The BBC is edging towards more IP streams, but it is far from the final press of the Red Button, writes Julian Clover.
The King is dead, long live the King. Don’t worry, content hasn’t died or anything like that, but in the week that the BBC confirmed plans to scale back its Red Button coverage plans have been firmed up over on which devices viewers will be able to watch the BBC’s 24-stream coverage of London 2012. In short, you name it, there will be an app there. This is the all-new Red Button.
Some thought into what gets offered on the Red Button was clearly needed. Additional sports coverage – even if it has sometimes been squeezed off the linear channels – is clearly valued by the viewer. Other elements less so, we may have talked about Walking with Dinosaurs, but who remembers the Ten O’Clock News Extra?
In the statement from the BBC Trust on the plans released through Delivering Quality First it was confirmed that the number of video streams available on satellite and cable from nine to one – the BBC entertainingly described this as “providing a more consistent service”.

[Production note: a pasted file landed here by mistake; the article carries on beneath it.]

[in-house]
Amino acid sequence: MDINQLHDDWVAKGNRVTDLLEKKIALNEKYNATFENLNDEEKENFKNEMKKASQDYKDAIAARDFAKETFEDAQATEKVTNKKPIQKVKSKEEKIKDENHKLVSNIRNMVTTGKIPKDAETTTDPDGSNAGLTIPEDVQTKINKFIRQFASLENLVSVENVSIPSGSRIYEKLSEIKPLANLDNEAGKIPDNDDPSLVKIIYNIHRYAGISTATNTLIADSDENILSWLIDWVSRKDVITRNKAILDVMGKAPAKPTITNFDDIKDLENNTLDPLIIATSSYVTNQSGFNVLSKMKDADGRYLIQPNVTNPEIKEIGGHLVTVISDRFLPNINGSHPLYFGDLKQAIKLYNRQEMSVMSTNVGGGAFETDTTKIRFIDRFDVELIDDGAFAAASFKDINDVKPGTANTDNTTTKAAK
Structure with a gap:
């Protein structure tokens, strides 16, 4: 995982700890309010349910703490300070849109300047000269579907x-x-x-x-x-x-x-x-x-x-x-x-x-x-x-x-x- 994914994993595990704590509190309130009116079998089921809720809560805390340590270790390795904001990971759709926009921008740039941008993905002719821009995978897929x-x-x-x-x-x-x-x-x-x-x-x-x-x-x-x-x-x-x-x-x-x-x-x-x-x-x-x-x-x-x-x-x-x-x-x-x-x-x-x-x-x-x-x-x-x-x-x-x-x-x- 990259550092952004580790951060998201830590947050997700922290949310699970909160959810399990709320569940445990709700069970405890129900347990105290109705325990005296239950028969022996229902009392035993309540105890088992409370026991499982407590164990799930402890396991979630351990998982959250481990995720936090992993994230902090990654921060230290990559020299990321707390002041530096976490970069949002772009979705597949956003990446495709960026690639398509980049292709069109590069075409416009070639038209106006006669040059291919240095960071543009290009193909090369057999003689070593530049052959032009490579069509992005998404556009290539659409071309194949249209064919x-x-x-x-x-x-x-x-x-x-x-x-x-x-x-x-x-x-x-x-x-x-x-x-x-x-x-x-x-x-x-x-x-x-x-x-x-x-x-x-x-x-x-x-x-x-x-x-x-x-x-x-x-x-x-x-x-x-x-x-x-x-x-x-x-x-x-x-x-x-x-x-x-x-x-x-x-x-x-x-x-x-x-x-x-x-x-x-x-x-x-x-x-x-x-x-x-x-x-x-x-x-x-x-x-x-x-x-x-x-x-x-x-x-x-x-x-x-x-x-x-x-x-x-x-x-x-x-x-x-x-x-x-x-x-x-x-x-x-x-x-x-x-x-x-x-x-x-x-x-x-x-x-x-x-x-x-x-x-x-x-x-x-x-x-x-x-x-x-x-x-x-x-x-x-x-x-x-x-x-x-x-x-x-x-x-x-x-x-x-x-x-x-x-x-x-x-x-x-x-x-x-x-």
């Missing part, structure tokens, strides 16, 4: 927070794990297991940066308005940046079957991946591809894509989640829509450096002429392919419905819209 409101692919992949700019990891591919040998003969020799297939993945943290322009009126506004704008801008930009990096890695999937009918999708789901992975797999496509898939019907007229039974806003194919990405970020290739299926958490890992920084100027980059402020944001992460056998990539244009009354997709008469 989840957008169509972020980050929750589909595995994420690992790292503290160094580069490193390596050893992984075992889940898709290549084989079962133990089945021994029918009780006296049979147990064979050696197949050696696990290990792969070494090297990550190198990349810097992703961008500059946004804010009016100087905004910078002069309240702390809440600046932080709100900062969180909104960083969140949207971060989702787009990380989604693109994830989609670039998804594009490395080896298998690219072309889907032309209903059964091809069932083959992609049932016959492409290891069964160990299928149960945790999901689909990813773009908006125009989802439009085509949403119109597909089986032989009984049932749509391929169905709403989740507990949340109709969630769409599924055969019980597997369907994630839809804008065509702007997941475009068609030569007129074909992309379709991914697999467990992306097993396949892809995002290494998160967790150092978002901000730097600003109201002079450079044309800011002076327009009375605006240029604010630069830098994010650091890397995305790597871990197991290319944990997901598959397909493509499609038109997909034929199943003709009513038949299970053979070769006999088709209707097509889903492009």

That capacity will of course come in handy for planned new HD services.
It seems to be the case the BBC is moving towards more web streams that find their way into the new connected devices with the Olympics providing an obvious boost to the smart TV sector. Research into the lack of connectivity seems to fall into the inbox on an almost daily basis, and the BBC is arguably carrying out its public service role in helping us connect it all up, even if it turns out that YouView doesn’t find itself on the list.
If YouView had got its act together then it would already be a part of the majority of connected TVs – in the same way that its distant relative HbbTV is on the continent. Instead we are left to market forces, so the Olympic statement had an interesting qualification referring to the BBC apps that will be on Sony Smart TVs (2011 and 2012 models). Is this the shape of things to come as the BBC Executive submits its development plans to the BBC Trust for evaluation.
Standby then for in 18 months time, when the BBC has established its service, that the commercial companies that benefit start complaining about licence fee money being used to undermine their business. My hunch however is that more people want to watch EastEnders at a time of their choosing than a channel about windsurfing.